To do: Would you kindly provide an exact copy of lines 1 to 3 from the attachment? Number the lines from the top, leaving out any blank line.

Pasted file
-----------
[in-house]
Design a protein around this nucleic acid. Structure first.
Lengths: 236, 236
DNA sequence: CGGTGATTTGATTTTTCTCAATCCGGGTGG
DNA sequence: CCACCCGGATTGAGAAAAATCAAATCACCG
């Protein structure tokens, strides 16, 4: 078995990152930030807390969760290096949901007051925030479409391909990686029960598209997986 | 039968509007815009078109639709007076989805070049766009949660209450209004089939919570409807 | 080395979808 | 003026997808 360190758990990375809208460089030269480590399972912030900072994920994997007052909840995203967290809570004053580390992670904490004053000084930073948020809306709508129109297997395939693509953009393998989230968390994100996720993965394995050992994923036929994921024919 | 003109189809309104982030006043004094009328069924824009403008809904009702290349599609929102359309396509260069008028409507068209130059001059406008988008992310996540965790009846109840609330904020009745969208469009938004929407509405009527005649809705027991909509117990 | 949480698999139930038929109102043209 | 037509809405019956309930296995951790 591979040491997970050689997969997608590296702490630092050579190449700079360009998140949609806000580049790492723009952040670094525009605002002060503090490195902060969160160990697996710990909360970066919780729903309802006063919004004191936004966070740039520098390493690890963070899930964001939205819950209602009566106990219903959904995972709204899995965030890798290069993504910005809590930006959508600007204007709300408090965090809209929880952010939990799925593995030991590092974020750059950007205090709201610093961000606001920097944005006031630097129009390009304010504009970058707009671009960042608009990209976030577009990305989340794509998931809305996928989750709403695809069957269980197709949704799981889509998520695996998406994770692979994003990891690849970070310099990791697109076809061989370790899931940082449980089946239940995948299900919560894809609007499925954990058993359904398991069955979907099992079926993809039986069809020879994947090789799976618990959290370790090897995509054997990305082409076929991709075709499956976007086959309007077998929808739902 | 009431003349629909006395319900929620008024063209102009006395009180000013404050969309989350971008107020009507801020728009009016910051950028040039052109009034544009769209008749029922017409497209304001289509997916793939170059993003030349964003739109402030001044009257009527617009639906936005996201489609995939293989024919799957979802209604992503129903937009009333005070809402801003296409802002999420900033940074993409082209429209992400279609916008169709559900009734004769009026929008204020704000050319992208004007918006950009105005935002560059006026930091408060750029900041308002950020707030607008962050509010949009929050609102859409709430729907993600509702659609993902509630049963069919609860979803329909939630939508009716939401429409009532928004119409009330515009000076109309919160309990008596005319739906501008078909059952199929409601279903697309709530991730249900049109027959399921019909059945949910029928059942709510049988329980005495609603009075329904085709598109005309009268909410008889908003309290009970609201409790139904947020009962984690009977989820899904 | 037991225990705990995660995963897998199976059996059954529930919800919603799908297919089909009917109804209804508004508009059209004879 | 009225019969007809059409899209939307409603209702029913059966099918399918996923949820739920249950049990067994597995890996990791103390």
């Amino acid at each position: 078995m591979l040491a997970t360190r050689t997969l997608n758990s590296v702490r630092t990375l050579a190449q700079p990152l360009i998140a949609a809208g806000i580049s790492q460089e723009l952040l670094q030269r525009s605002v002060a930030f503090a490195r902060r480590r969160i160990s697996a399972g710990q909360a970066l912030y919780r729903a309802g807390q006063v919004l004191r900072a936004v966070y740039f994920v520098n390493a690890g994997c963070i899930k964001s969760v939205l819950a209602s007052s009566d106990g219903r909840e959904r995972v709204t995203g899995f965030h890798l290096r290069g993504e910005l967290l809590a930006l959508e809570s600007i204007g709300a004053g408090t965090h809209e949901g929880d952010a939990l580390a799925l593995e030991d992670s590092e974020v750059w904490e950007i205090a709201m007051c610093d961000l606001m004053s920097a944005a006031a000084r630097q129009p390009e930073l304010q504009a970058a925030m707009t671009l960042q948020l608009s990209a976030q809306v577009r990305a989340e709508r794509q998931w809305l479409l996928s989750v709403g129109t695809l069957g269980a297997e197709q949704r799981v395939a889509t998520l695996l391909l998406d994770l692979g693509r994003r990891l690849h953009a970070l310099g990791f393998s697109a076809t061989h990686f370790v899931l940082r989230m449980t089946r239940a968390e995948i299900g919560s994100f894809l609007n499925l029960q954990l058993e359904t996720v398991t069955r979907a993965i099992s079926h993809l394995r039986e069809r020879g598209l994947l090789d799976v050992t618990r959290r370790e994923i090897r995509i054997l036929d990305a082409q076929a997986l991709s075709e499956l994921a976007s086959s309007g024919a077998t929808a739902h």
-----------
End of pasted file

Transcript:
[in-house]
Design a protein around this nucleic acid. Structure first.
Lengths: 236, 236